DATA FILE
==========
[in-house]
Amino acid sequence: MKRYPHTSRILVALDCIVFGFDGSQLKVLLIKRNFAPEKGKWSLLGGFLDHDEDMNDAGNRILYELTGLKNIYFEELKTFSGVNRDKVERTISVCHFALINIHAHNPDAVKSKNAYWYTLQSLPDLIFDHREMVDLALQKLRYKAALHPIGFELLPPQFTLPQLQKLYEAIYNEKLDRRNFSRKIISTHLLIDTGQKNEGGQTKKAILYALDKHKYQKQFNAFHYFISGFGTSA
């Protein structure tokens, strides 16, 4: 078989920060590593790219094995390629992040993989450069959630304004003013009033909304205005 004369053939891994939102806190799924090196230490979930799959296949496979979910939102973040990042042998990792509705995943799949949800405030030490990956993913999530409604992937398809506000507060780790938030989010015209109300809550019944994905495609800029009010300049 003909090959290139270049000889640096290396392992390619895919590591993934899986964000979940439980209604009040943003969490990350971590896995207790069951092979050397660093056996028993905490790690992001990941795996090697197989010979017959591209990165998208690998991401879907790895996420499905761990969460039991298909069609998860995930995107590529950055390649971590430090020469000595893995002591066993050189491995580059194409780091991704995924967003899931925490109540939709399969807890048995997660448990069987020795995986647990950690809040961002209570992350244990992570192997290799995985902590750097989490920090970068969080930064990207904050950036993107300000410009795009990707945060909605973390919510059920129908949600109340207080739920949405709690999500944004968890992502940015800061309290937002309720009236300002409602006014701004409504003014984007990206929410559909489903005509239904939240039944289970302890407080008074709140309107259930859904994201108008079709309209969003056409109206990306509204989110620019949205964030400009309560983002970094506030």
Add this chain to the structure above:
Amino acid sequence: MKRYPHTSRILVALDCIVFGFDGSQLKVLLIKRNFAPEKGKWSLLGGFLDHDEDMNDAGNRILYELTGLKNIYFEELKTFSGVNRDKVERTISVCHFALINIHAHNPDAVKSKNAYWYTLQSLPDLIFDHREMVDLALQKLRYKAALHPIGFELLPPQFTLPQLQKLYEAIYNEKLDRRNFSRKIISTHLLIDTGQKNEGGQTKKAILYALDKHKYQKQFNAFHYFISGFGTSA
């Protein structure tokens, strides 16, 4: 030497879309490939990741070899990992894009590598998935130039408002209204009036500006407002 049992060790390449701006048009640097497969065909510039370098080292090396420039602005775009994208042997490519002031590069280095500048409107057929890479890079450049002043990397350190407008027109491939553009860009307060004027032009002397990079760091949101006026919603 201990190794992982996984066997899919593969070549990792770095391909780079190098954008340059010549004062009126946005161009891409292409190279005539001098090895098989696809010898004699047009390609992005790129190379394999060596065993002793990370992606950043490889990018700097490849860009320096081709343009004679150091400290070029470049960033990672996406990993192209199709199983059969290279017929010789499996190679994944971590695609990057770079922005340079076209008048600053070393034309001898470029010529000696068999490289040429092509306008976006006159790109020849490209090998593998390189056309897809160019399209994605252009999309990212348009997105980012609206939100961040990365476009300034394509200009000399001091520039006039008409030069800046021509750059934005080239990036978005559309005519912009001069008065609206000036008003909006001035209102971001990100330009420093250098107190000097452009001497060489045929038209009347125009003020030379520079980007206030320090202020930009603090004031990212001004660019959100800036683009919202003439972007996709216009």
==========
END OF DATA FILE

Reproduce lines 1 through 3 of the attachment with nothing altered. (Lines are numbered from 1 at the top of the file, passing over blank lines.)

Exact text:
[in-house]
Amino acid sequence: MKRYPHTSRILVALDCIVFGFDGSQLKVLLIKRNFAPEKGKWSLLGGFLDHDEDMNDAGNRILYELTGLKNIYFEELKTFSGVNRDKVERTISVCHFALINIHAHNPDAVKSKNAYWYTLQSLPDLIFDHREMVDLALQKLRYKAALHPIGFELLPPQFTLPQLQKLYEAIYNEKLDRRNFSRKIISTHLLIDTGQKNEGGQTKKAILYALDKHKYQKQFNAFHYFISGFGTSA
């Protein structure tokens, strides 16, 4: 078989920060590593790219094995390629992040993989450069959630304004003013009033909304205005 004369053939891994939102806190799924090196230490979930799959296949496979979910939102973040990042042998990792509705995943799949949800405030030490990956993913999530409604992937398809506000507060780790938030989010015209109300809550019944994905495609800029009010300049 003909090959290139270049000889640096290396392992390619895919590591993934899986964000979940439980209604009040943003969490990350971590896995207790069951092979050397660093056996028993905490790690992001990941795996090697197989010979017959591209990165998208690998991401879907790895996420499905761990969460039991298909069609998860995930995107590529950055390649971590430090020469000595893995002591066993050189491995580059194409780091991704995924967003899931925490109540939709399969807890048995997660448990069987020795995986647990950690809040961002209570992350244990992570192997290799995985902590750097989490920090970068969080930064990207904050950036993107300000410009795009990707945060909605973390919510059920129908949600109340207080739920949405709690999500944004968890992502940015800061309290937002309720009236300002409602006014701004409504003014984007990206929410559909489903005509239904939240039944289970302890407080008074709140309107259930859904994201108008079709309209969003056409109206990306509204989110620019949205964030400009309560983002970094506030």